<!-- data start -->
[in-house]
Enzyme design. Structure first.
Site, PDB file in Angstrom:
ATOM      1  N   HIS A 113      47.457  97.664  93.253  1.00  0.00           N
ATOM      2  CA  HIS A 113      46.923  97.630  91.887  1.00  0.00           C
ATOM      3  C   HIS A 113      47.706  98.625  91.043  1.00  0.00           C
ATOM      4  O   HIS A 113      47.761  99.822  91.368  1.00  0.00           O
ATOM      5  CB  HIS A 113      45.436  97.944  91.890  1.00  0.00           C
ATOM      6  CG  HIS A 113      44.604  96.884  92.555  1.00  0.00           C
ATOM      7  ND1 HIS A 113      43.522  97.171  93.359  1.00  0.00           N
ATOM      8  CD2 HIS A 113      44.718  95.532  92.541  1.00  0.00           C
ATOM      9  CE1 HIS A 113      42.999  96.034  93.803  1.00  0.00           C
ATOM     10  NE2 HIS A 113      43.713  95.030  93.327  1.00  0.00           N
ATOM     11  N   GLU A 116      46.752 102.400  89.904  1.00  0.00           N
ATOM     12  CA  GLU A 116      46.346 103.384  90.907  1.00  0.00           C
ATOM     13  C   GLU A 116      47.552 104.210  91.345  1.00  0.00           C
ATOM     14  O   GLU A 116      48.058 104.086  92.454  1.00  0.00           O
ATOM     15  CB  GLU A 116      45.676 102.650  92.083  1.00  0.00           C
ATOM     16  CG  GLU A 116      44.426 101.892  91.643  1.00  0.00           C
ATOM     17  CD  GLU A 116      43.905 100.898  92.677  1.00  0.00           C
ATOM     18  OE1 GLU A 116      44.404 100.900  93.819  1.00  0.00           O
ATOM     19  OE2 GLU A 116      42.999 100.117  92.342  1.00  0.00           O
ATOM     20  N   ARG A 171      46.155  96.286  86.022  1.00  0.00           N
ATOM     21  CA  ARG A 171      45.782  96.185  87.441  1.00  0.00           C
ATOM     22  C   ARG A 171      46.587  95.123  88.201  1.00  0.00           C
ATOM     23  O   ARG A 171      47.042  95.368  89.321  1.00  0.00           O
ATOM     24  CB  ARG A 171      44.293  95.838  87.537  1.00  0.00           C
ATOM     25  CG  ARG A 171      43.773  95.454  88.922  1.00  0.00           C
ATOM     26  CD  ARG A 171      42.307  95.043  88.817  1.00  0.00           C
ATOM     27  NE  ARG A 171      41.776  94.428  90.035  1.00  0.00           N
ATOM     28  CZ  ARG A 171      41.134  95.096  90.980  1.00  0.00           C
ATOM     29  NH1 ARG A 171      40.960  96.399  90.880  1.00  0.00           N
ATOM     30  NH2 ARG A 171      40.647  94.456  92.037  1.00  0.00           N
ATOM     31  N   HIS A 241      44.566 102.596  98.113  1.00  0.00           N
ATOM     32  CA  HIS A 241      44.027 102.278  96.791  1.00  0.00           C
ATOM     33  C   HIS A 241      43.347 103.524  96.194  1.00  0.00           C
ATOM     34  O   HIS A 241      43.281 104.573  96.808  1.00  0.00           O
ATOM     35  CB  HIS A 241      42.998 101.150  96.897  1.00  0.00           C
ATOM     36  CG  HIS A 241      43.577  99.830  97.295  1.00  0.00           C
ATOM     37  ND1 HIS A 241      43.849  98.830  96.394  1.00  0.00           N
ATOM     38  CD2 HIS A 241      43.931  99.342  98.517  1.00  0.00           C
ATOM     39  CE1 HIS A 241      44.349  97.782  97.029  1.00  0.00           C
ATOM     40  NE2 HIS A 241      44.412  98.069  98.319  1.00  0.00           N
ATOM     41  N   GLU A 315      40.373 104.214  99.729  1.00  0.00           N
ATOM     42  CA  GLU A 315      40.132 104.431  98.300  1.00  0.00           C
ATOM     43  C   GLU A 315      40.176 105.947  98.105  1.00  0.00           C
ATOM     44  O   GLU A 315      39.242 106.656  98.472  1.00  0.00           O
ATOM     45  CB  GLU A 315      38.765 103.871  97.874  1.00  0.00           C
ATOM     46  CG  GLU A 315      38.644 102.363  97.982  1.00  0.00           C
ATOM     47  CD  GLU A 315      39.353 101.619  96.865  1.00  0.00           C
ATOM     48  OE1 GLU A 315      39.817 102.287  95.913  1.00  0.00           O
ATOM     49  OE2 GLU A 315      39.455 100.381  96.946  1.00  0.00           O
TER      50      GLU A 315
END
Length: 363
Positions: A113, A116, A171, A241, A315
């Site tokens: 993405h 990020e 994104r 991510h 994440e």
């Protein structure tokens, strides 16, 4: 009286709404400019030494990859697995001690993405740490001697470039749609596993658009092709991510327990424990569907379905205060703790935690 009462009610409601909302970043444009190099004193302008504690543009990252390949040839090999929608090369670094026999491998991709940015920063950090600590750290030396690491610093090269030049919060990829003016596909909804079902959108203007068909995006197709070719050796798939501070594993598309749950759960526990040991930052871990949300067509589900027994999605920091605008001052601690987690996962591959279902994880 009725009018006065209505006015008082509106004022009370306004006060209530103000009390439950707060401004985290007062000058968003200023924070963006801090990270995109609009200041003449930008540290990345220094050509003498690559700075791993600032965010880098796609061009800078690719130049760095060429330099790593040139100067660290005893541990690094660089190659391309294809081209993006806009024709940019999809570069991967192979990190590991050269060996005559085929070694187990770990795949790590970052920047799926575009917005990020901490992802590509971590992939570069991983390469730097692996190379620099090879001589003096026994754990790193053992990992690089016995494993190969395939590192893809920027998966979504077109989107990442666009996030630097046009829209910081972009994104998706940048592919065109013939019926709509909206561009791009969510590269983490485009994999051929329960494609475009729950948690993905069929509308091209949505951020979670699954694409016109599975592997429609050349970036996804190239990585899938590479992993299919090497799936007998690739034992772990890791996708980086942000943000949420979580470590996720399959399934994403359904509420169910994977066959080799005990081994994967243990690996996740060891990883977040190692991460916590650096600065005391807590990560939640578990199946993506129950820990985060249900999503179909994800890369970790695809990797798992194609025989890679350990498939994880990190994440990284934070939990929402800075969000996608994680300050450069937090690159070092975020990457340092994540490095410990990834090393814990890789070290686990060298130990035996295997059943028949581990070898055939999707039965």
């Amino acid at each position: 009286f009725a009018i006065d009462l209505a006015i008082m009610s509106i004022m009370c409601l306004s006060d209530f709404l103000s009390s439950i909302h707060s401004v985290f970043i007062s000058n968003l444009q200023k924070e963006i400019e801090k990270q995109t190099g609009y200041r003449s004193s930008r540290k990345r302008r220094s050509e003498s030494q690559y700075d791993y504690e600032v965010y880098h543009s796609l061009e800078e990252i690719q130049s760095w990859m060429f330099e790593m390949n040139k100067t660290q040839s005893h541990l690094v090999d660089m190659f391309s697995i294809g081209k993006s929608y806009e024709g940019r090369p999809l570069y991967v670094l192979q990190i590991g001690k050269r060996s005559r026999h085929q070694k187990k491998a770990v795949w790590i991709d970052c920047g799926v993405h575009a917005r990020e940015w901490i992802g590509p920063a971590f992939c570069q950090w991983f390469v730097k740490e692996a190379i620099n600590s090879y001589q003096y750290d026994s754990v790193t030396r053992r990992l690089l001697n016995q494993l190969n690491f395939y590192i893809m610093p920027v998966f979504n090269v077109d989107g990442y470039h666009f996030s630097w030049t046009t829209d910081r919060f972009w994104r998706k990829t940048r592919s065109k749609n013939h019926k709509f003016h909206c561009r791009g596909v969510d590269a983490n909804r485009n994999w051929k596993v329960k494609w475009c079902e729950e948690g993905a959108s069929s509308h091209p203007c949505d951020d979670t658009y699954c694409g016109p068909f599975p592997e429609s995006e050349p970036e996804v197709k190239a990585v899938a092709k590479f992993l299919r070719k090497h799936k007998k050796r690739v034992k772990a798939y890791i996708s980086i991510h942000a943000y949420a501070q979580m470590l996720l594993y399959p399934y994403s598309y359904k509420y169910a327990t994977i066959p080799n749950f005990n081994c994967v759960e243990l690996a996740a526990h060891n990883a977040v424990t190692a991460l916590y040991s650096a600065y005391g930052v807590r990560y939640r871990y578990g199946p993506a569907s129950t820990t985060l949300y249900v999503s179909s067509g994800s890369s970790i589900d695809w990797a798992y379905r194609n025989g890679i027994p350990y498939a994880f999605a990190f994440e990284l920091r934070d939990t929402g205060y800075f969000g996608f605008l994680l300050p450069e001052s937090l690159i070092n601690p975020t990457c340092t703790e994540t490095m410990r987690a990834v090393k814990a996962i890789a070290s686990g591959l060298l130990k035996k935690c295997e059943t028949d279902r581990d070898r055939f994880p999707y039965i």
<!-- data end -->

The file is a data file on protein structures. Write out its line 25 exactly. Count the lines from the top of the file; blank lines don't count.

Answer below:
ATOM     22  C   ARG A 171      46.587  95.123  88.201  1.00  0.00           C